Would-be migrants from the U.S. are in for a rude awakening

Canadian home prices might prove more than what U.S. buyers could handle

Would-be migrants from the U.S. are in for a rude awakening
While many Americans have indicated an interest to move northward in the wake of Trump’s surprise victory in the U.S. presidential elections, the prohibitive cost of Canadian real estate might be sufficient cause for them to rethink their plans of seeking refuge.
In a November 11 column for Better Dwelling, Toronto editor Kaitlin Last wrote that a stark disparity currently exists between the average costs of homes in the U.S. and in Canada, which will prove to be a nasty surprise for any would-be migrants.
“One of the most shocking things Americans find is that Canadian real estate is really pricey. Especially when contrasted with US real estate.  The average benchmark home in the Canada is CA$474,000 (US$352,076), while the average home in the US is CA$315,303 (US$234,200). That’s 50% more expensive, for your average home across the country,” Last explained.
Any U.S. citizen from a city other than NYC will have significant trouble coping with the expenses in owning a Canadian home, Last said.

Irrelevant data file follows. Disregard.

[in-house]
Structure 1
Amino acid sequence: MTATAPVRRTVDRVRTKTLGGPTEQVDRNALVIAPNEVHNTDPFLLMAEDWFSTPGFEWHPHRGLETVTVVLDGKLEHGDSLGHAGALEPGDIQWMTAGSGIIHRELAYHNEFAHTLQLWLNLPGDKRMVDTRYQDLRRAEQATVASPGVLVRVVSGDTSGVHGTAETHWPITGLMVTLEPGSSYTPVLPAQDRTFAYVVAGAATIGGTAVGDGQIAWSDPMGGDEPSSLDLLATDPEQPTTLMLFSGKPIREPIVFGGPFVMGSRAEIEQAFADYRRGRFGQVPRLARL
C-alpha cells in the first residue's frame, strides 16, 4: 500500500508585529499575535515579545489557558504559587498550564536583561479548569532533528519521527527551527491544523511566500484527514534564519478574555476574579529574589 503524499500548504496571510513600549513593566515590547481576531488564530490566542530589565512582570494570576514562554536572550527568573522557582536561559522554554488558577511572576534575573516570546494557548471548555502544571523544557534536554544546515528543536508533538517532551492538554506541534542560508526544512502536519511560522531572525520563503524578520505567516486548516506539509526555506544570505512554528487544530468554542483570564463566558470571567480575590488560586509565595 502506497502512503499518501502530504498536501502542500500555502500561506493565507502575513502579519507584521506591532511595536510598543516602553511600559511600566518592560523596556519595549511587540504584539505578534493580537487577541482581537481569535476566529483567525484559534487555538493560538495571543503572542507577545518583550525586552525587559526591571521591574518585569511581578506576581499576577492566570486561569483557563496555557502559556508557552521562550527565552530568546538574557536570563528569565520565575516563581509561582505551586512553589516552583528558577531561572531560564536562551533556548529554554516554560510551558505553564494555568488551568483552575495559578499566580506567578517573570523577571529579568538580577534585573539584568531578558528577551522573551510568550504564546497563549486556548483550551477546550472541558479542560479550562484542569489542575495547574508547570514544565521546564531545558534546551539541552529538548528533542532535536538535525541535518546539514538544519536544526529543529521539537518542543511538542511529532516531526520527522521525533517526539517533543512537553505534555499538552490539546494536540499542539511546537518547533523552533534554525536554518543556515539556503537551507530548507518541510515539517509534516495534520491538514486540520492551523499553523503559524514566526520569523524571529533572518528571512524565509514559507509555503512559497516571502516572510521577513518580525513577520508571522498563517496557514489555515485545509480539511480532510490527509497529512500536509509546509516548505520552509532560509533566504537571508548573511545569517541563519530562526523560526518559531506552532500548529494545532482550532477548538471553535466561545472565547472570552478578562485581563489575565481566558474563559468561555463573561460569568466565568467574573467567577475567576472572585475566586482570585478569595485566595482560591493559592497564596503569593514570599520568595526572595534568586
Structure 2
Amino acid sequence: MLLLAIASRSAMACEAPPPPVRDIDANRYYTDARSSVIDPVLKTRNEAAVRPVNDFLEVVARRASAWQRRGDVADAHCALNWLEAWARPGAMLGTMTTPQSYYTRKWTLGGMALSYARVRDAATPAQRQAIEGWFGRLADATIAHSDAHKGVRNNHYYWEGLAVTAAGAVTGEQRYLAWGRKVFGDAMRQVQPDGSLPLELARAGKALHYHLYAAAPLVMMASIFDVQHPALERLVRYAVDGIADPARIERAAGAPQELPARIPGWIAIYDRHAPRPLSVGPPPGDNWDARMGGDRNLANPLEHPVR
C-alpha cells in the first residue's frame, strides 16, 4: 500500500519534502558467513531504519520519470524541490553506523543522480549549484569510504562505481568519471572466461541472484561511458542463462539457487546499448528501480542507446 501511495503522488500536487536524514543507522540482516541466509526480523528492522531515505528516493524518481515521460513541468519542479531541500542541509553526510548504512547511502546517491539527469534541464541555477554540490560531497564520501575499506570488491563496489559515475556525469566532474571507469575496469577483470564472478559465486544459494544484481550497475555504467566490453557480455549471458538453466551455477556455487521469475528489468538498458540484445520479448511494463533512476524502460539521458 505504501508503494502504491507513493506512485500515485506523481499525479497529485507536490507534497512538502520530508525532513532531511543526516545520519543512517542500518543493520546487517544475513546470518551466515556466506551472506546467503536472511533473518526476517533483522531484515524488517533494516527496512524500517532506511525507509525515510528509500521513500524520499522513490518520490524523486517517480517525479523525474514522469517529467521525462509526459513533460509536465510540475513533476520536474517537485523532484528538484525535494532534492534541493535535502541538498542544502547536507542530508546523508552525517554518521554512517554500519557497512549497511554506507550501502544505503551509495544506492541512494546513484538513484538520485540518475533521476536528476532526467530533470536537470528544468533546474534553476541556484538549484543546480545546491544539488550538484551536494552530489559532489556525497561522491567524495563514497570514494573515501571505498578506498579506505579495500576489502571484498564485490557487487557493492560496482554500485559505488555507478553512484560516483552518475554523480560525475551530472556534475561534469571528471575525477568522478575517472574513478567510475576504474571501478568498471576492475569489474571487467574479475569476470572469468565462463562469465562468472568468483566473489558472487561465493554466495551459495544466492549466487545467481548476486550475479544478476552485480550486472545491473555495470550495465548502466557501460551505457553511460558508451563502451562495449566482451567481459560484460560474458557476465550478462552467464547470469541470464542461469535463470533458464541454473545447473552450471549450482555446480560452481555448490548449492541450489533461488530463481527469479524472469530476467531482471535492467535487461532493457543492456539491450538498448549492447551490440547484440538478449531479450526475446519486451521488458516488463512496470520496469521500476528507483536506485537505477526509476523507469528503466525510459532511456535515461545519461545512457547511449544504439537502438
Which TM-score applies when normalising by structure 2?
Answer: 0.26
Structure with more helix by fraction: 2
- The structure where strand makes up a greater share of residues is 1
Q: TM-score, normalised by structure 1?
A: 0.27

“A home in Toronto will set you back CA$762,975 (US$566,719). In Chicago (a city of comparable size), the average home costs CA$288,646 (US$214,400). That’s a 164%, more than double the cost.”
Most crucially, regulatory changes in the federal and provincial levels that have taken effect this year have erected a far more challenging barrier than Trump’s proposed southern border wall.
“If you’re looking to buy a home in BC, you’ll be hit with 15% foreign buyer tax. The average benchmark home in Vancouver is CA$919,300 (US$682,834), so expect to pay a CA$137,895 (US$102,425) foreign buyer tax. Yes, just buying a home in Vancouver comes with a tax that’s more than half the price of a home in Chicago,” Last stated. “If any other province implements a foreign buyer tax, it will probably in a similar range.”

Related Stories:
Trump victory likely to add more pressure to Canadian consumers - planner
In the Age of Trump, what’s next for the Canadian economy?